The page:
Banking risks have increased over the past six months and governments must be ready to recapitalize or restructure some institutions amid "imminent funding pressures," the International Monetary Fund said.
The IMF, while cutting its estimate for global asset writedowns by about 4.3%, warned that confidence in the financial industry has not fully returned after the European debt crisis highlighted banks' links to sovereign-debt risk.
"Funding is perhaps the major challenge confronting banks at present everywhere," Jose Vinals, director of the IMF's monetary and capital markets department, told a news conference in Washington in presenting the fund's Global Financial Stability Report. "But those challenges are more pronounced in Europe."
More than $4 trillion of bank debt will need to be rolled over in the next two years, making it "a priority" to take care of weaker financial institutions to help funding markets return to normal, the IMF said.
A "forceful response" by European policy makers to the Greece-borne sovereign debt crisis and their disclosure of banks' stress tests results have helped ease funding for governments and banks, the IMF said.
Still, IMF officials estimate that sovereign risks remain high as investors continue to focus on public debt burdens amid governments' attempts to narrow budget deficits.
"The global financial system is still in a period of significant uncertainty and remains the Achilles' heel of the economic recovery," the IMF said. "With the situation still fragile, some of the public support that has been given to banks in recent years will have to be continued."
Plans to exit "unconventional" monetary and financial policies may need to be delayed until the situation is more "robust," according to the institution. Vinals, the IMF official, said that exit strategies must be "carefully considered."
"We do not see a risk of generalized asset bubbles in the emerging markets at large, but we can see certain hot spots that require close monitoring and in some cases policy action," Vinals said.
Banks have reduced the value of loans and securities by $2.2 trillion since 2007, more than three-quarters of which had been realized by mid-2010, down from the IMF's April estimate of $2.3 trillion, the fund said.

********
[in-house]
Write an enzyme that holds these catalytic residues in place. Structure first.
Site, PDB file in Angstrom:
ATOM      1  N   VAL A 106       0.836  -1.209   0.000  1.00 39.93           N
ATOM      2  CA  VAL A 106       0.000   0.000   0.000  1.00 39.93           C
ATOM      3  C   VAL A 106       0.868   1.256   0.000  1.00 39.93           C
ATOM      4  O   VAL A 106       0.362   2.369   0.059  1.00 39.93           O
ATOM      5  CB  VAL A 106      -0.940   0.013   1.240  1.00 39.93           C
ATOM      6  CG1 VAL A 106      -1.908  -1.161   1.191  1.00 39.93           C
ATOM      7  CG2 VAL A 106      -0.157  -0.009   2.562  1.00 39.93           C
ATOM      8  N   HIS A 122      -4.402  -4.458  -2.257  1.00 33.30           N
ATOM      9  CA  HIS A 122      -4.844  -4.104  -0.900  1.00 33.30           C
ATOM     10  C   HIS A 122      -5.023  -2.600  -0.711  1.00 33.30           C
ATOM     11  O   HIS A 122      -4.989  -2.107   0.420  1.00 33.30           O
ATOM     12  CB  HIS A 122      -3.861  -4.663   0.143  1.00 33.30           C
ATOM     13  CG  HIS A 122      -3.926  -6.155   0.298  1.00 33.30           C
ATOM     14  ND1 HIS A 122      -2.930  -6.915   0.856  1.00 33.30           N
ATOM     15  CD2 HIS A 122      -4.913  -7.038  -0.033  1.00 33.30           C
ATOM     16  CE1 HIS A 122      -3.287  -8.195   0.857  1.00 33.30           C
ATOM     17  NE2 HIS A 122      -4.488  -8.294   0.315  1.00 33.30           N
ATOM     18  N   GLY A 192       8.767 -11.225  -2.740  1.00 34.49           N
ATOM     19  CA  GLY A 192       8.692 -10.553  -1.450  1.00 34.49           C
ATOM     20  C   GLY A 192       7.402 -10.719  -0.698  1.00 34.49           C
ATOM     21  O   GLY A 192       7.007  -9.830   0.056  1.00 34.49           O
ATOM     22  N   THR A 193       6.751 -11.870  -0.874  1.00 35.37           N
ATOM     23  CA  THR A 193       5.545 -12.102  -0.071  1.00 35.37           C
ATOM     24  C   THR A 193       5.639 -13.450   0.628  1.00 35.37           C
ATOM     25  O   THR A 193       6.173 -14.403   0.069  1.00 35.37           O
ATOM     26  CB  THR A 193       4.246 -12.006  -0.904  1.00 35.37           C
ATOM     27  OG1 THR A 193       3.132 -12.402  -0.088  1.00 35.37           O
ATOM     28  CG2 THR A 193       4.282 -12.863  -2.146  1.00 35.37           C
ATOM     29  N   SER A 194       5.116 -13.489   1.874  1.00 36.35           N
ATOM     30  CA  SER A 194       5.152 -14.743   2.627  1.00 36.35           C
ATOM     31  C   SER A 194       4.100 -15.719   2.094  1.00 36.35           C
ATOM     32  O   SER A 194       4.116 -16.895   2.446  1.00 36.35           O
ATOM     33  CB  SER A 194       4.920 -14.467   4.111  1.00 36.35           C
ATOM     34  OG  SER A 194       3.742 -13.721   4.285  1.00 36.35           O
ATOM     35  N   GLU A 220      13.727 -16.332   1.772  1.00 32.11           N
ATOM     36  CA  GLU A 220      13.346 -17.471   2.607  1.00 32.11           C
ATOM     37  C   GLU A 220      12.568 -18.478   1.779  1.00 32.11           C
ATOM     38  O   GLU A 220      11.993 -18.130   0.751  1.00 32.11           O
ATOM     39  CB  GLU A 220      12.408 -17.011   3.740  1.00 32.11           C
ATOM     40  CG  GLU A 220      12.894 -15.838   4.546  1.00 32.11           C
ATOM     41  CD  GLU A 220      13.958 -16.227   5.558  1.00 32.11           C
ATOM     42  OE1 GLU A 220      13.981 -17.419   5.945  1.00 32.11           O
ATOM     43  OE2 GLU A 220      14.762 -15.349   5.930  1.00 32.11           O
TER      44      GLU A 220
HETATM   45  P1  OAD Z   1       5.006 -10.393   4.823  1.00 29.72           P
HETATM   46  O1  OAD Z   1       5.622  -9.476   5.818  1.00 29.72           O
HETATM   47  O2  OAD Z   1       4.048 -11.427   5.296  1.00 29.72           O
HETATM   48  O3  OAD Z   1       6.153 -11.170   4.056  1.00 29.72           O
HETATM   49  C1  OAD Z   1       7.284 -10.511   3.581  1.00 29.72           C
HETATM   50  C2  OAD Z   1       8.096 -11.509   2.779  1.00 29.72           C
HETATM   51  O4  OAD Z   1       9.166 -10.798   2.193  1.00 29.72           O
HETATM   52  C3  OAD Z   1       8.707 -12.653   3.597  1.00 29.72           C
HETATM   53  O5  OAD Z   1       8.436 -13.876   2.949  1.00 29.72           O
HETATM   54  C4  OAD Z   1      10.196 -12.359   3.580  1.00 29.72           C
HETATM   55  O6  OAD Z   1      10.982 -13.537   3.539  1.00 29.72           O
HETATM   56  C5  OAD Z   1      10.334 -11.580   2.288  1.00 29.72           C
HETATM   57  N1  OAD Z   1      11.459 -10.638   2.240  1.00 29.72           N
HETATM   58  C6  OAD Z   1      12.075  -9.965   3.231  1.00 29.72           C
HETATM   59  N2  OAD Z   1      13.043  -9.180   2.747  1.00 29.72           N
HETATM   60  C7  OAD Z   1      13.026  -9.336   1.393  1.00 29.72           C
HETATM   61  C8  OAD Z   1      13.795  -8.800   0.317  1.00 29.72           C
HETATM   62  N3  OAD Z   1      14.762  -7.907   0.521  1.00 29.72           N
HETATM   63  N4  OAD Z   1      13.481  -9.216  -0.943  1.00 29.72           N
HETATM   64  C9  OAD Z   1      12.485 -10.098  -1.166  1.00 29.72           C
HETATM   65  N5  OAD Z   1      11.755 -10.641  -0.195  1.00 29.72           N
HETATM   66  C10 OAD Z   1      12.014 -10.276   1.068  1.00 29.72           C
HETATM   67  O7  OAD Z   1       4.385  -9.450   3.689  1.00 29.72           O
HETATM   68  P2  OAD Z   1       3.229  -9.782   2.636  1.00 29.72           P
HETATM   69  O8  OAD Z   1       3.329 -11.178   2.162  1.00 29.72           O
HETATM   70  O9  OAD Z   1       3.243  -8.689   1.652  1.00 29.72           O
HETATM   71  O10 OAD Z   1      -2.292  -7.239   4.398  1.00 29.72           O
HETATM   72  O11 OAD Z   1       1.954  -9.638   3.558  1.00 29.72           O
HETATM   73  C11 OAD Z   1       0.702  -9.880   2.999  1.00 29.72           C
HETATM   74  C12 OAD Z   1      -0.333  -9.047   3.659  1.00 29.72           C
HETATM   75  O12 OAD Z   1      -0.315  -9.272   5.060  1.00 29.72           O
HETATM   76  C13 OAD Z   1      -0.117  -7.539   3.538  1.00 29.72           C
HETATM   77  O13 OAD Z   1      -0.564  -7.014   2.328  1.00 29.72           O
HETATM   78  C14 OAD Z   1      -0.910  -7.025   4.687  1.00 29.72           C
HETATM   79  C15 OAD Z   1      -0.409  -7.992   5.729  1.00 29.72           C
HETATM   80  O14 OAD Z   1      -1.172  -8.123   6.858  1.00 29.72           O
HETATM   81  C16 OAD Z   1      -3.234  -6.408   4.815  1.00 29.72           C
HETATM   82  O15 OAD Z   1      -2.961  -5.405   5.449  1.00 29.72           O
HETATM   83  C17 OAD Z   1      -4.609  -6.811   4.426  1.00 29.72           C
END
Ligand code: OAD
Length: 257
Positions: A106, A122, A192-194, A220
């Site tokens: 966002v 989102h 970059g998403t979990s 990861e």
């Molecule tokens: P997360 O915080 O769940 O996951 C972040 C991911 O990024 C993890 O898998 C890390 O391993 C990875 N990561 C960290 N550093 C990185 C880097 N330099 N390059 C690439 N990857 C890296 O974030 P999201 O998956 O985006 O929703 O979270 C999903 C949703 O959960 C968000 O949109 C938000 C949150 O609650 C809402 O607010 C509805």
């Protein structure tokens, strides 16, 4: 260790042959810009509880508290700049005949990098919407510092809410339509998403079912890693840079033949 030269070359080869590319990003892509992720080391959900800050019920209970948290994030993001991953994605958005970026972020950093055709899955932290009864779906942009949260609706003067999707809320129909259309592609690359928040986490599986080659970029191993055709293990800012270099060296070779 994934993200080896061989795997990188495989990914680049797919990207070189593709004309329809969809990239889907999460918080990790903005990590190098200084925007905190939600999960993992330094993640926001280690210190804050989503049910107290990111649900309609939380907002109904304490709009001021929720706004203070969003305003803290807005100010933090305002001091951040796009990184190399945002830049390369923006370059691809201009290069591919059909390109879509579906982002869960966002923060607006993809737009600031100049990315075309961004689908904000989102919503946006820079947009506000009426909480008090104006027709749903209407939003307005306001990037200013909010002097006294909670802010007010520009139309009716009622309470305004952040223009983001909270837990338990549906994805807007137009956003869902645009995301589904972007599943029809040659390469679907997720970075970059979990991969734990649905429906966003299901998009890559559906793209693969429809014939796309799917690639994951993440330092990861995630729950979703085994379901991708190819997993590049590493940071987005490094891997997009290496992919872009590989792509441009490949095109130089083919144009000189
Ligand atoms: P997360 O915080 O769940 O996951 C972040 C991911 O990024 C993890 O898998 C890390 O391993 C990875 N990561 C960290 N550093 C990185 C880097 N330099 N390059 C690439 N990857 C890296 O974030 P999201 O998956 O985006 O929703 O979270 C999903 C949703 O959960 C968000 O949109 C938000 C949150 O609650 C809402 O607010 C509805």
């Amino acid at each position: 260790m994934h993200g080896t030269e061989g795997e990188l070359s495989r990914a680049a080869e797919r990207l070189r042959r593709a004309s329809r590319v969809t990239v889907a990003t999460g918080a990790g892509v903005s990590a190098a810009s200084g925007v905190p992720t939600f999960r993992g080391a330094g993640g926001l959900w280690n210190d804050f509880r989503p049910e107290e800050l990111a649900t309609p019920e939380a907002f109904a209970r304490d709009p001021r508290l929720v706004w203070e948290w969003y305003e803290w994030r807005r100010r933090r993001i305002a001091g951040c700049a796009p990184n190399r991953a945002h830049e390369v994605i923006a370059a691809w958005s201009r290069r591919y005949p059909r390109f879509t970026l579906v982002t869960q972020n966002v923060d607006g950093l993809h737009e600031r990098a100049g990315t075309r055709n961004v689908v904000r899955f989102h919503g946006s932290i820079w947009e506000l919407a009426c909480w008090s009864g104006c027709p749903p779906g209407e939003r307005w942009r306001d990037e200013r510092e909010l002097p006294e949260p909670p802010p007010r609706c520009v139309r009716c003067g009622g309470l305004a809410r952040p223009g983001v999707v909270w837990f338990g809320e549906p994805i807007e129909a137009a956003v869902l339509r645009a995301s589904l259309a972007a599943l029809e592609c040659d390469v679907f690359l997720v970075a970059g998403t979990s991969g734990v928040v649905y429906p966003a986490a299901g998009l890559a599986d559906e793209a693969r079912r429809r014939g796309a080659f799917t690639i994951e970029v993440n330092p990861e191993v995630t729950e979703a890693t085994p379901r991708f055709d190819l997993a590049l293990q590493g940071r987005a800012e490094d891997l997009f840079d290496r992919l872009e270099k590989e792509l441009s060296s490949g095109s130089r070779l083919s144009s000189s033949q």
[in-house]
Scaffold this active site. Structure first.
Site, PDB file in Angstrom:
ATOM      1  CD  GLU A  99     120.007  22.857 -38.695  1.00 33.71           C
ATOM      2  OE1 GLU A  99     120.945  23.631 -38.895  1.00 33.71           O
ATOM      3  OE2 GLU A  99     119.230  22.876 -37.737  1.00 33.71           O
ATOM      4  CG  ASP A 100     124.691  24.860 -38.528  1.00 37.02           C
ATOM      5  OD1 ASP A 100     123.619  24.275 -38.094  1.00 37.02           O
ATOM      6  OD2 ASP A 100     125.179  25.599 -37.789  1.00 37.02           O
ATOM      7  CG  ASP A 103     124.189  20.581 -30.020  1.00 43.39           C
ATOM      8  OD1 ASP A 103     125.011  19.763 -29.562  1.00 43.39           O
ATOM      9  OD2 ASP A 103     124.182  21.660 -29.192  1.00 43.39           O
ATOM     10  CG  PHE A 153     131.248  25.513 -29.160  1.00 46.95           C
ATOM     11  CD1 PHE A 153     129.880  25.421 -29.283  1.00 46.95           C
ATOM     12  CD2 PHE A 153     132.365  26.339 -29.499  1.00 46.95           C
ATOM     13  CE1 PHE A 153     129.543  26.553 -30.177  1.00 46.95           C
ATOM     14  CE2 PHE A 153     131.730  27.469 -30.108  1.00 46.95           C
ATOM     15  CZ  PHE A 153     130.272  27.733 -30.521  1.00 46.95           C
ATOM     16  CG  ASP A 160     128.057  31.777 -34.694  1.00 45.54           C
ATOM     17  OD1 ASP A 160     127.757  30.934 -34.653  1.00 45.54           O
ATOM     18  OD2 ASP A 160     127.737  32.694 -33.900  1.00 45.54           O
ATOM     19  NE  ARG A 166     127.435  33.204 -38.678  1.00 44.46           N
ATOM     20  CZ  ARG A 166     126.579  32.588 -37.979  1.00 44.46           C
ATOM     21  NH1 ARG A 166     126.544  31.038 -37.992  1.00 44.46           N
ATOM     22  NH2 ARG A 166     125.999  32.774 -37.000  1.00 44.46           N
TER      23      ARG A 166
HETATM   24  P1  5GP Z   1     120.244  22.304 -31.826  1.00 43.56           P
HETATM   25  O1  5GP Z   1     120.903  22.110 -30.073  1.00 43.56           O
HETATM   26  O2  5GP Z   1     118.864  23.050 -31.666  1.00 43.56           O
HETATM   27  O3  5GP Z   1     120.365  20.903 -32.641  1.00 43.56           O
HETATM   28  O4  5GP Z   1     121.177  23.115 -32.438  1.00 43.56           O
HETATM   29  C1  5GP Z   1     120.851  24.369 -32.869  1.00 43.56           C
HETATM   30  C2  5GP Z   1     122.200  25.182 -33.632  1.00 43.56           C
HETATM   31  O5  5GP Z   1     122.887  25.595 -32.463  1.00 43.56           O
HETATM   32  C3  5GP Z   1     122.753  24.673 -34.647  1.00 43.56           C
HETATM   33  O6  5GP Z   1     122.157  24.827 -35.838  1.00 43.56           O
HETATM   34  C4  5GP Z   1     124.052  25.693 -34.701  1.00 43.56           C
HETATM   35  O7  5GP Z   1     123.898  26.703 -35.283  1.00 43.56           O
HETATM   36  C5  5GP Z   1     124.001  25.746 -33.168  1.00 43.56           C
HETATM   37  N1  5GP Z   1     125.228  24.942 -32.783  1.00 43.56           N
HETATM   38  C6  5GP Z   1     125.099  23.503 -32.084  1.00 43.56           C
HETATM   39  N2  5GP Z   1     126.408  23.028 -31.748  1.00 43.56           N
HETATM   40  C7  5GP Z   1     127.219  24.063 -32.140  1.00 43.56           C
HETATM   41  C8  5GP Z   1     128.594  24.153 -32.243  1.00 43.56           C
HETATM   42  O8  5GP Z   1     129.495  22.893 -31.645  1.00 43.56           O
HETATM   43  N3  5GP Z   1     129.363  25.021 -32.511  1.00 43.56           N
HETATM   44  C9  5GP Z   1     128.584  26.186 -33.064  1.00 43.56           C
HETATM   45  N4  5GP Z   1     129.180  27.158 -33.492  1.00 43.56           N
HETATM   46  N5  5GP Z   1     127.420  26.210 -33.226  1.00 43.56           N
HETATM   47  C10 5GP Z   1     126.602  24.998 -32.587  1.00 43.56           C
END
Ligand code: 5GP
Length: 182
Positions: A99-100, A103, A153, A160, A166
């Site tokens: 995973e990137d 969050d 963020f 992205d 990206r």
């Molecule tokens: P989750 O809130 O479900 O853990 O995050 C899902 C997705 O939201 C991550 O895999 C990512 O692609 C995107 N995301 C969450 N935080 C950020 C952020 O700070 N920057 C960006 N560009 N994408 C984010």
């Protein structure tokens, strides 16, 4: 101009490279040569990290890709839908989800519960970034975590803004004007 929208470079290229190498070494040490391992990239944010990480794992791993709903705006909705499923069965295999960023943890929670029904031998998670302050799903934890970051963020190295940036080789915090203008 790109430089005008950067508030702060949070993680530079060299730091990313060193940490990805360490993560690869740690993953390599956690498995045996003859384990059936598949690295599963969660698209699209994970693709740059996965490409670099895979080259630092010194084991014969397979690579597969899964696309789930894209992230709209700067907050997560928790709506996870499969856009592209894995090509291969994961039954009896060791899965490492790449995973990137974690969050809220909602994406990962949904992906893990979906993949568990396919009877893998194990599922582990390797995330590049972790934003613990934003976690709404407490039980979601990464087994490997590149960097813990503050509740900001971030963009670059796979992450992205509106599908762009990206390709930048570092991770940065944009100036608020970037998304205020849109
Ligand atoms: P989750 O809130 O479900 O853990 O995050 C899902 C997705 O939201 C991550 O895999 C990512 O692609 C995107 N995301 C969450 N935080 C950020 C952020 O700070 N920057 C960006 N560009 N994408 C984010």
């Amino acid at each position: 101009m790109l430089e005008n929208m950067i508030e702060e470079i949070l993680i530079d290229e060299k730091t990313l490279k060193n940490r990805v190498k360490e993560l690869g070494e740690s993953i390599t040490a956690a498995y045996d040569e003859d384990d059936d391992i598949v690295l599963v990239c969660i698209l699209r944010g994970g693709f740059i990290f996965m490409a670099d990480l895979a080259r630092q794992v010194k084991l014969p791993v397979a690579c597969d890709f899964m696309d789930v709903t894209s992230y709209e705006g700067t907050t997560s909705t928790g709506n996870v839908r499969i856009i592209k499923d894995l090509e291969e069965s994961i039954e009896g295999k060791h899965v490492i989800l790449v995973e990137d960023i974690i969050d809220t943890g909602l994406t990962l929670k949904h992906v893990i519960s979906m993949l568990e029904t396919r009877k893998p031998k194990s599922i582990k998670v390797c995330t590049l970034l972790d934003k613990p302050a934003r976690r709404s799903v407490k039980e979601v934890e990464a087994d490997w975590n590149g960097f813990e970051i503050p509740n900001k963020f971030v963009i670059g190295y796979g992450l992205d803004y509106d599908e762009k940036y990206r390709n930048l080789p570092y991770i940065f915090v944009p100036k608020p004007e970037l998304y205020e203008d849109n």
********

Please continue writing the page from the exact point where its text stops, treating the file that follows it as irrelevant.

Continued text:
At the same time, the cost of credit-default protection for financial institutions has increased, reflecting higher tensions in the banking industry, the IMF said. Credit-default swaps for banks of the euro region have risen above those of the U.S. and the U.K. because of "the relatively greater pressure in European banking systems from both sovereign risks and wholesale funding strains," it said.
European banks are more vulnerable to a "funding shock" than their U.S. counterparts, because they rely more on interbank loans, debt markets and central bank credit lines for day-to-day operations, the IMF said.
"If the economy recovers as planned and sovereign and bank funding strains continue to subside, European banks should be able to repair balance sheets and gradually rebuild capital buffers," the IMF said.
"However, banks remain vulnerable to periods of renewed stress."
To retain access to funding markets, banks in "a number of countries" in the region may need additional recapitalization and higher quality capital, the IMF said.
Non-viable institutions also need to be taken care of and announced restructuring plans must be implemented "rigorously," the IMF said, citing Germany's landesbanken and Spain's regional savings banks as examples.
In the United States, "although banks have been able to raise a substantial amount of capital, and expected demands appear manageable, some raising of additional capital may be needed to reverse recent deleveraging trends and possibly to comply with U.S. regulatory reforms," the IMF said.
It also spotted "pockets of vulnerabilities" in the banking system "as the real estate sector is prone to a double dip."